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    BAMC trauma surgeon helps save gym patron

    BAMC trauma surgeon helps save gym patron

    Photo By Lori Newman | U.S. Army veteran Darryl Aitch (center) poses for a photo with Army Col. (Dr.) Chris...... read more read more



    Story by Lori Newman  

    Brooke Army Medical Center Public Affairs   

    JOINT BASE SAN ANTONIO-FORT SAM HOUSTON, Texas. May 31, 2024 -- A Brooke Army Medical Center trauma surgeon was working out at the Jimmy Brought Fitness Center on Joint Base San Antonio-Fort Sam Houston when something unexpected happened. The person on the treadmill in front of him collapsed.

    “I was working the night trauma service and when I got off work, I went to the gym,” said Army Col. (Dr.) Chris Graybill. “I was on the treadmill and there was a gentleman in his late 60s who was in front of me. He was walking at a brisk pace and didn’t seem overly stressed. Then all a sudden he just stopped moving and the treadmill carried him backwards. He fell backwards and hit his head on my treadmill.”

    Gym staff members Joseph Contreras and Jason Wylie quickly came to assist. U.S. Army veteran Darryl Aitch was wedged underneath the treadmill, so he had to be pulled out before Graybill and the gym staff could assess his condition.

    “I thought immediately about him hitting his head and having a possible brain injury or hurting his neck, so I was trying to keep his neck immobilized and his airway open,” Graybill explained.

    Aitch was unconscious and did not have a pulse. Contreras quickly retrieved the gym’s automated external defibrillator while Wylie called 911 and alerted Lucian Kimble, the fitness center manager.

    Contreras and Graybill began administering CPR and Mykel Travis, assistant gym manager, helped with the AED.

    “When we put the defibrator on it told us that his heart rhythm wasn’t organized, and he needed to be shocked,” Graybill said. It took a total of three shocks before Aitch started to breathe again.

    “Very fortunately, after 10 or 12 minutes he woke up,” the doctor said. “EMS was there by then and by the time he had left the gym on a stretcher he was asking questions. One of the prime concerns when your heart stops is that you are not getting blood flow to the brain. For him to wake up and start talking was fantastic.”

    Graybill praised the gym staff for their quick reaction. “They did an awesome job.”

    Kimble said the fitness center staff completed Adult First Aid/CPR/AED training in February. “If it wasn’t for Joseph’s responsiveness and CPR administration skills, we could be looking at a different outcome. I was so proud of these guys.”

    Travis agrees. He said it was a life-changing event for him.

    “When all this was going on, everything was happening like clockwork,” Travis said. “We had renewed our training a few months ago, so our training kicked in. Unfortunately, it had to happen to you (Aitch). But, part of that is why you're still here.”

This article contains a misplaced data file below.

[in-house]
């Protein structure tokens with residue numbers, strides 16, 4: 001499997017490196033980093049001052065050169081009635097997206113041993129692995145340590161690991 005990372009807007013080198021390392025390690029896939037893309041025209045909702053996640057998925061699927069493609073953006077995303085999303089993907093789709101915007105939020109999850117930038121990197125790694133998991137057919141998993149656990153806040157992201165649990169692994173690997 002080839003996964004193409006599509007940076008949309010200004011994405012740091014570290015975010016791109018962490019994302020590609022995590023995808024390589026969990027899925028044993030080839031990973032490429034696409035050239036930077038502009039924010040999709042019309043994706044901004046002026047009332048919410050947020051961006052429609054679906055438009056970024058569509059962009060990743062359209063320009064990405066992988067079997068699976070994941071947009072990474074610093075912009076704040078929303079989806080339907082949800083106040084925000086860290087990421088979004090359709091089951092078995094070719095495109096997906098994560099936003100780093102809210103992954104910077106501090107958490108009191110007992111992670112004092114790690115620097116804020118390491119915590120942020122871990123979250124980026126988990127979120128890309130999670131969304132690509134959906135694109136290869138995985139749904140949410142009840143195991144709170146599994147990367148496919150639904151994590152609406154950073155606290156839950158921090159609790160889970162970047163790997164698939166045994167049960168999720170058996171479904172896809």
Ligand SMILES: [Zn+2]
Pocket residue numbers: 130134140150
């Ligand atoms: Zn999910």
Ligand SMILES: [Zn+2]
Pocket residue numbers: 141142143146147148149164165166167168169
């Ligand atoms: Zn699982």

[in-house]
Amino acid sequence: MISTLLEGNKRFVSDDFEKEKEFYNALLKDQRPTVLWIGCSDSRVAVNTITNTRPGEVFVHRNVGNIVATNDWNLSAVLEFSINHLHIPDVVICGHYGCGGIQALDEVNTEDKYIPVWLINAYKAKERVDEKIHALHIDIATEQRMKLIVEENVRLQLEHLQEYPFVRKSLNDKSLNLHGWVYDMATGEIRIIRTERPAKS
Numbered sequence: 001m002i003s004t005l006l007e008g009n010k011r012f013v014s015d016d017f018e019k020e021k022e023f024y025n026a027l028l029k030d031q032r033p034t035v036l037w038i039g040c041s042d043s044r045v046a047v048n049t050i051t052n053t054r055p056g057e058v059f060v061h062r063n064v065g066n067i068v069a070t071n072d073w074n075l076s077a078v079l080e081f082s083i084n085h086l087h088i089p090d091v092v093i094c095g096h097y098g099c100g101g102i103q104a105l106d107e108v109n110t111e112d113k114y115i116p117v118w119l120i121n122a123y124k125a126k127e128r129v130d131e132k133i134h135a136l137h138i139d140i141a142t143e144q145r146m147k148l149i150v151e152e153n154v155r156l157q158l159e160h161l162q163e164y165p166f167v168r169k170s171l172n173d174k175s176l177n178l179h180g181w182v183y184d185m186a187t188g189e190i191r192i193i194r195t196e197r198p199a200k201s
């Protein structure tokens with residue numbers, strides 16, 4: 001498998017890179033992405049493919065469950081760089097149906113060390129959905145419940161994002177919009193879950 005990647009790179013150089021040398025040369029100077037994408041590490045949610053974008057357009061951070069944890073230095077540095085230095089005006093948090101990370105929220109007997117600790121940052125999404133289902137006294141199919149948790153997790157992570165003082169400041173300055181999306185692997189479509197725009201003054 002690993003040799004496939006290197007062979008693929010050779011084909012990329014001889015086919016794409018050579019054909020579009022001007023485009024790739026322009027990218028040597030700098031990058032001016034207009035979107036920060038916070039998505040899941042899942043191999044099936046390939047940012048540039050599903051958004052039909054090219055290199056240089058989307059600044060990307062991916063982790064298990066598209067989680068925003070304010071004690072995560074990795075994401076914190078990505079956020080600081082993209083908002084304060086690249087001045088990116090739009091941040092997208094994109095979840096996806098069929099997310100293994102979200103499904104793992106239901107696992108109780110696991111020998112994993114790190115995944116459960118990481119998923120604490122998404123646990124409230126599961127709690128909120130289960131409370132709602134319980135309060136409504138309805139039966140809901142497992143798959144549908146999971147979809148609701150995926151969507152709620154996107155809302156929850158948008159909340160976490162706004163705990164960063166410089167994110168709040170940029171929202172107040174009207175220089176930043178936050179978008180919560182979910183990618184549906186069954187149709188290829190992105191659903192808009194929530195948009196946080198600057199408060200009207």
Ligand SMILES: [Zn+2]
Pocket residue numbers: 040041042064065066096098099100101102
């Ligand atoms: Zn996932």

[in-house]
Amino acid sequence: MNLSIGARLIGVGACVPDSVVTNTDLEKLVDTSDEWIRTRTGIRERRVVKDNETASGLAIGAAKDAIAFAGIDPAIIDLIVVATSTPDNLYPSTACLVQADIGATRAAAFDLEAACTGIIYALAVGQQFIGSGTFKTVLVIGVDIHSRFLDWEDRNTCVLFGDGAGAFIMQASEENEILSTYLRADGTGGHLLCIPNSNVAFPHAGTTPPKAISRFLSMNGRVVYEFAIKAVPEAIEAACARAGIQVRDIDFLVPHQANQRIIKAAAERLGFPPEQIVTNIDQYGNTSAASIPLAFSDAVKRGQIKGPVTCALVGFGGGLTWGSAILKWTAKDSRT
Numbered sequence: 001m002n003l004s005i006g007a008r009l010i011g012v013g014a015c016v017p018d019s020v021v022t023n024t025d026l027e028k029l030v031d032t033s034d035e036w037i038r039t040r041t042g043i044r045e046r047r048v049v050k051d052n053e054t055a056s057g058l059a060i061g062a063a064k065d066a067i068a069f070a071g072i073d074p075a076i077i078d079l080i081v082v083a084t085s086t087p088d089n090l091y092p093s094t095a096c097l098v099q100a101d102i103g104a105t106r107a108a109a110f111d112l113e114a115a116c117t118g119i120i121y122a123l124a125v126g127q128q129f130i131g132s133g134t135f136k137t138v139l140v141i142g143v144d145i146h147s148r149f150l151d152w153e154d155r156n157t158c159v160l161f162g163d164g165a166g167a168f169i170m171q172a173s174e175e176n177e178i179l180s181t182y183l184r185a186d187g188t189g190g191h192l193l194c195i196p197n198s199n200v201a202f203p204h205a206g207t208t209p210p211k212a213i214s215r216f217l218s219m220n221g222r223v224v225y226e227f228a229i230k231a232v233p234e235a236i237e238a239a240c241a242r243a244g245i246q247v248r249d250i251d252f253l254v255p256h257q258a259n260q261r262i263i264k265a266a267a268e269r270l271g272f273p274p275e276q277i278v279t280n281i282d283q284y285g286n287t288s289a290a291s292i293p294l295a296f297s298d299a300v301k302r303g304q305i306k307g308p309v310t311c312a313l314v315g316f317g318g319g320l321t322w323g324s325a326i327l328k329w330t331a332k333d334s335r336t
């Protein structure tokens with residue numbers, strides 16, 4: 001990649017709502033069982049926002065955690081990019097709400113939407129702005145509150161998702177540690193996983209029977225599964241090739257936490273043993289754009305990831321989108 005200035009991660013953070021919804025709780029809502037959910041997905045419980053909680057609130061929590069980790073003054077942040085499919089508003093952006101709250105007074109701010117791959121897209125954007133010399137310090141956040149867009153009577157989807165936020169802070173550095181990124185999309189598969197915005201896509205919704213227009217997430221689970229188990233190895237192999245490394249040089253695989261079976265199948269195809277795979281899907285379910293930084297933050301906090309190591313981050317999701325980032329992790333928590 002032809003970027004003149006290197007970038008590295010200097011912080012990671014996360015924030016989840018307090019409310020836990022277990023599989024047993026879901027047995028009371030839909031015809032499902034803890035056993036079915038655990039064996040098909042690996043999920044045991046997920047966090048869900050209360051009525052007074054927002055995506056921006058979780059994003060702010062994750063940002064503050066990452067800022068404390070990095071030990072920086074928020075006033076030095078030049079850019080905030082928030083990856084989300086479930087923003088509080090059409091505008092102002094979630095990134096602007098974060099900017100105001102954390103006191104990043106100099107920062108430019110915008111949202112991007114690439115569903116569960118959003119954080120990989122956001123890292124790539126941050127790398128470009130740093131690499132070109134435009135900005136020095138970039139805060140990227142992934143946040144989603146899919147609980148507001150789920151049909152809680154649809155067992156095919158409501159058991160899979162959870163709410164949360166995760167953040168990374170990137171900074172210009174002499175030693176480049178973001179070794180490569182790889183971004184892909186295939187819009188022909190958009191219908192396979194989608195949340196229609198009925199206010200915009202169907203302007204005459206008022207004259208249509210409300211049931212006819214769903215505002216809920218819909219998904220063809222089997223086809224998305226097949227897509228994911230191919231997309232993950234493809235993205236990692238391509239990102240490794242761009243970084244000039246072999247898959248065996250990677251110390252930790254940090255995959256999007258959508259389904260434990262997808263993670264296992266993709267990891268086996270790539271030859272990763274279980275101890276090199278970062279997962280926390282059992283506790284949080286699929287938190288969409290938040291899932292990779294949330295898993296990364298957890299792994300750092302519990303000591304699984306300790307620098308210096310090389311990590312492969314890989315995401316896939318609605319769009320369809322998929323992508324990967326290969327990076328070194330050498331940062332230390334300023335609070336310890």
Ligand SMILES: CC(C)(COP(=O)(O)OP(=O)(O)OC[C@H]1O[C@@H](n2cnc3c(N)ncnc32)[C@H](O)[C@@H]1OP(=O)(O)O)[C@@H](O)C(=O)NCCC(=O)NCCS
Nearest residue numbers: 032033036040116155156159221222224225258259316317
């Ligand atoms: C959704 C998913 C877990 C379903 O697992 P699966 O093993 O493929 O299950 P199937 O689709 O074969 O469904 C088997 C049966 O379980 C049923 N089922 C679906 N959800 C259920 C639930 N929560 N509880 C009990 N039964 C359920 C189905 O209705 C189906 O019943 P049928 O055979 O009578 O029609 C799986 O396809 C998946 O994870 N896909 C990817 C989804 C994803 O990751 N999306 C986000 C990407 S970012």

Graybill was able to visit Aitch at BAMC later that evening.

    “(Aitch’s) family was there and he was able to hold complex conversations,” Graybill said. “Fortunately, he remembered nothing because CPR hurts and getting shocked hurts. It is not an experience one would want to remember.”

    Aitch thanked the people who helped save him. He simply said, “I love all you guys.”

    “I don’t think it’s a testament to me,” Aitch said. “I think it’s a testament for someone else. I have strength in my beliefs, and I think what happened to me wasn’t about me. That was about somebody else to see or to overcome.”

    “No matter what conditions we suffer on this earth, it’s a learning experience, no matter what we go through,” he added “I’m going to overcome this. It’s mind over matter.”

    The trauma doctor noted that it’s not uncommon for BAMC staff to do CPR and use a defibrillator in the emergency department or the intensive care unit, because everyone is prepared to do it. “You’re just not expecting to do that on the street,” he said.

    Graybill suggests that people take a Basic Life Support course and learn CPR so if something happens, they know what to do. He also praised Holly Ortega, BAMC nurse educator, and the hospital education team for all they do in teaching basic lifesaver courses.

    “When you are able to save someone, it’s not just about saving a life, it’s about giving them a meaningful quality of life after they are injured,” he said. “When that does happen, it is extremely gratifying. (In trauma medicine), we get to see what we do immediately.”

    Aitch said he’s ready to get back in the gym and start running again.

    “All of us are going to die one day, so why would I sit around worrying about dying?” he said. “I’m worrying about living.”


    Date Taken: 05.31.2024
    Date Posted: 05.31.2024 15:03
    Story ID: 472767

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